Black market tobacco trade is funding and arming terrorists

You read that right. In addition to drugs such as ice and cocaine, crime syndicates are now channelling profits back to terrorist groups through cigarettes and tobacco leaves.

High taxes on tobacco coupled with the government’s anti-vaping stance have made the tobacco black market a highly lucrative one. 

Charles Miranda gives us the alarming facts uncovered by the Australian Border Force and Australian intelligence agencies:

‘It has been learnt Australia’s multiagency counter terrorism agents, including the ABF, Australian Federal Police and ASIO, have been warned by overseas counterparts notably both US and French authorities and Interpol that the tobacco smuggling industry was being taken over by terrorist networks.

Specifically suspects linked to Lashkar-e-Taiba and the Taliban in Pakistan, Hezbollah in Lebanon and elements linked with al-Qaeda in the Islamic Maghred (AQIM) in North Africa, Islamic State (ISIS) and even Colombian militant group FARC who traditionally have been involved almost exclusively just in cocaine production.’

Illicit tobacco is a “low risk, high reward” industry and the funds from this trade could be channelled into other black markets with even more dire, unforgiving consequences for civilians and public safety both here and abroad at a time when terror outfits are becoming increasingly brazen in their operations.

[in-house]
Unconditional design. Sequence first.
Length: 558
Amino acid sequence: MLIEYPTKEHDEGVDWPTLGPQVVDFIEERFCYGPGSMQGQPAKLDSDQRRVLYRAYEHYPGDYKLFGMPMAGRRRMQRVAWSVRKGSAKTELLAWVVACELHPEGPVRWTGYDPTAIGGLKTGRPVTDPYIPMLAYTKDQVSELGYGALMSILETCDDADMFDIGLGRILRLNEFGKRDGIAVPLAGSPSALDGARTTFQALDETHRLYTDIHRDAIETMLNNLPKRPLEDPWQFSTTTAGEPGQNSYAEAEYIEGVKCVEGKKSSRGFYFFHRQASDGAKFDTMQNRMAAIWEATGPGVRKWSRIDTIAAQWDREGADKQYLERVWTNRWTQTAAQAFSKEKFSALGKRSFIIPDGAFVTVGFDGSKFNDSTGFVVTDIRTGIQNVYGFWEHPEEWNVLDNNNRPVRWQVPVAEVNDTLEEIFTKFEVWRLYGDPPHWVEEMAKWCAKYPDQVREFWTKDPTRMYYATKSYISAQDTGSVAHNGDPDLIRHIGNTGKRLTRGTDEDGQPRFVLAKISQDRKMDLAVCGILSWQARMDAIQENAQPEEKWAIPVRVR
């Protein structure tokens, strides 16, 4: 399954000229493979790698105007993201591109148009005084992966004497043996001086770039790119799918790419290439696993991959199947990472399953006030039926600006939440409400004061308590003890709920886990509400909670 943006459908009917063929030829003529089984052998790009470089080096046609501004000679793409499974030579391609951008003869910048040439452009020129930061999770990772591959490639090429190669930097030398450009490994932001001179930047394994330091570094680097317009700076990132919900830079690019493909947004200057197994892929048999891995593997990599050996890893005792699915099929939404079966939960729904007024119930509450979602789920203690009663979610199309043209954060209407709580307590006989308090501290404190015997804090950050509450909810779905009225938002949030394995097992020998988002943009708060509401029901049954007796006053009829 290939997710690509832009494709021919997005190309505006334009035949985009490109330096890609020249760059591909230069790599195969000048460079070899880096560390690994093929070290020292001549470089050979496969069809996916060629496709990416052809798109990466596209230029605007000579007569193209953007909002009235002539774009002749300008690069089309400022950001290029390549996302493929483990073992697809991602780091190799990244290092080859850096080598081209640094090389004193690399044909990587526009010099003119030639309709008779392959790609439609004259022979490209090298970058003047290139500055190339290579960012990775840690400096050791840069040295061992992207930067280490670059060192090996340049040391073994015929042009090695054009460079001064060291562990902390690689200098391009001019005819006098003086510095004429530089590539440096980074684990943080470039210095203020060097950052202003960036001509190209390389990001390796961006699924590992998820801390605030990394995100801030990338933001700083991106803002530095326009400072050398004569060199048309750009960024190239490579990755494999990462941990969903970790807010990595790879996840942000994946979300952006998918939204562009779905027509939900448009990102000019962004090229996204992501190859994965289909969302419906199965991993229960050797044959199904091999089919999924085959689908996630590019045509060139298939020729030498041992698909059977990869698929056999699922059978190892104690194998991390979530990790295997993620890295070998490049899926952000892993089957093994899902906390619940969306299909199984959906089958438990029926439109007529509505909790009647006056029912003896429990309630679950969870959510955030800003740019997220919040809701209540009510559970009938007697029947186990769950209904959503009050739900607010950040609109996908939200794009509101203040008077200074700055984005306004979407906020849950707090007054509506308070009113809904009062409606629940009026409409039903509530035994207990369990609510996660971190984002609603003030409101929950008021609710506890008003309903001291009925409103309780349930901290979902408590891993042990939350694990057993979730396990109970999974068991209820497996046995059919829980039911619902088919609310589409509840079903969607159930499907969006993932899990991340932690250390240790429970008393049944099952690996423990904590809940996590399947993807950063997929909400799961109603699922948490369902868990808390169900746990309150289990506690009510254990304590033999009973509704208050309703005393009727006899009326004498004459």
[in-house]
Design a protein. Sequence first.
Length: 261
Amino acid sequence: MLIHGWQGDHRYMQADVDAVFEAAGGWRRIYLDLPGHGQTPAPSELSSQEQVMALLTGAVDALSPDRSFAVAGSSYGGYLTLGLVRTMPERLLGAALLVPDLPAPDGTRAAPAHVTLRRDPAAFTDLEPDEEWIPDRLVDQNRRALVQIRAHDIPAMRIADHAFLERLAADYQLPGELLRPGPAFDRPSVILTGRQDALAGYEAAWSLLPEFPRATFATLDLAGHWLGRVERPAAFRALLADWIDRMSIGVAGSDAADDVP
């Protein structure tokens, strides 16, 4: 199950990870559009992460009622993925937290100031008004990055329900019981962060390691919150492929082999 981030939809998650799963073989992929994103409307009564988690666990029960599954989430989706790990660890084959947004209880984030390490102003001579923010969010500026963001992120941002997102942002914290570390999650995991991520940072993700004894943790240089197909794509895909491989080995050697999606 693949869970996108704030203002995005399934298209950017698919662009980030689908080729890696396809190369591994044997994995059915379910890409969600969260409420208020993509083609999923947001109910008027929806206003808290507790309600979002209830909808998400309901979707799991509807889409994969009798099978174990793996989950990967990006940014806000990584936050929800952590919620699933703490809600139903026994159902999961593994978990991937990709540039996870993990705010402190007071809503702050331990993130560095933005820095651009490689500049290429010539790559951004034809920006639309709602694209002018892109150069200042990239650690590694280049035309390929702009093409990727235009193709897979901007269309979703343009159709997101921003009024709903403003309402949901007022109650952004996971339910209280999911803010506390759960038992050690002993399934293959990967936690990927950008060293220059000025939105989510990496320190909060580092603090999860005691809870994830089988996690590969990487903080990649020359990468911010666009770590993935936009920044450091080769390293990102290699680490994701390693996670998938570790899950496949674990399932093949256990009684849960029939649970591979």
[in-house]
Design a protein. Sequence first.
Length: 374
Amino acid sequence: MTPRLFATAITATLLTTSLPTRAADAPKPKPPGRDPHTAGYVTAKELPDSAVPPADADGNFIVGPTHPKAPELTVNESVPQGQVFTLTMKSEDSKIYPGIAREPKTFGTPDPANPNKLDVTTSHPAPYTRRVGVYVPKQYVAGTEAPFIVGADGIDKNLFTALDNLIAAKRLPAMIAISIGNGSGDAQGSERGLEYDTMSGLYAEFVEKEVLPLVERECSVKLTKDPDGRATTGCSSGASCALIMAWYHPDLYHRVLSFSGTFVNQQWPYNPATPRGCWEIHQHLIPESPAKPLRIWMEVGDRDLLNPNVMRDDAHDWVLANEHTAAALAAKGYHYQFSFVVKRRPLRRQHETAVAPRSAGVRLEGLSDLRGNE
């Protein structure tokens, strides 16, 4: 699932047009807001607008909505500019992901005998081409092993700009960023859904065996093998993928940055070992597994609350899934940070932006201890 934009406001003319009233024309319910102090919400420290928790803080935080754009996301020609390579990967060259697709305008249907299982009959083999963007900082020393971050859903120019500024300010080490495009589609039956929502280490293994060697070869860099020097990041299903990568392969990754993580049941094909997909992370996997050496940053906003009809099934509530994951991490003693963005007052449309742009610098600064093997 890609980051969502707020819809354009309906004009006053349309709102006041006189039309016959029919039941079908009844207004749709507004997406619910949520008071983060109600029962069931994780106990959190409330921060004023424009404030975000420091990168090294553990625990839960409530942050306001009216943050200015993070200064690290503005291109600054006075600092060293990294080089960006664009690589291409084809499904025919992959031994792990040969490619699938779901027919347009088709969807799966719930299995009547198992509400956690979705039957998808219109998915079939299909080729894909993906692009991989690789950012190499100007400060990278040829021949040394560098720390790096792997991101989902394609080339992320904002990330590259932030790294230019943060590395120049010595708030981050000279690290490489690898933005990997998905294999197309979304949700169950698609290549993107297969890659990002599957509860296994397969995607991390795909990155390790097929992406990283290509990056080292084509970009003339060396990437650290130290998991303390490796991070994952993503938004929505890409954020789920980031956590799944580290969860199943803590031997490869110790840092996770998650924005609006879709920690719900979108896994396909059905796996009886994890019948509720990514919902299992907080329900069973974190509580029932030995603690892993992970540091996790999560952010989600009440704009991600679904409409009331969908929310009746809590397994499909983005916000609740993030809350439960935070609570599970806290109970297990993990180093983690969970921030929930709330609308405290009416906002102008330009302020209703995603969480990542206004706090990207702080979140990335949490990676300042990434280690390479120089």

Providing alternatives, such as legalised nicotine vaping, to make black market tobacco less appealing is a sensible way to counter the problem without directly affecting the health and mood of smokers who are otherwise forced to turn to less successful and more abrupt quitting methods. Switching to vaping has been recommended as a smoking cessation aid by long-term studies as well as independent public health authorities because it allows smokers to obtain a nicotine fix without being exposed to the toxic and carcinogenic chemicals inherent in combustible tobacco smoke. If our government doesn’t take pragmatic action on the issue now, the predictions for the black market trend in the next few years don’t look good:

‘The level of illegal trafficking attempts is expected to rise significantly with a 12.5 % increase in excise and customs duties to come in this September under the Federal Government’s May budget, to make the average cost of a packet of cigarettes the most expensive in the world at up to $40 a packet.’

Even if organisations such as the TGA and the Australian government are immune to facts that keep life-saving technology legal, they ought to nonetheless concede that replacing cigarettes could significantly reduce funding to these terrorist groups.

But the problem isn’t going to stop with black market tobacco. The failure to legalise nicotine solutions means that it’s only a matter of time before these too end up in the black market with funds directed to terror groups in the Middle East. In fact, there is already a growing black market for nicotine solutions with dangerous and unregulated 99% pure nicotine solutions available online from China.

For the full article on the black market tobacco trade and funding to terrorist groups, click here.


Marija Polic is a Research Associate at the Australian Taxpayers’ Alliance 

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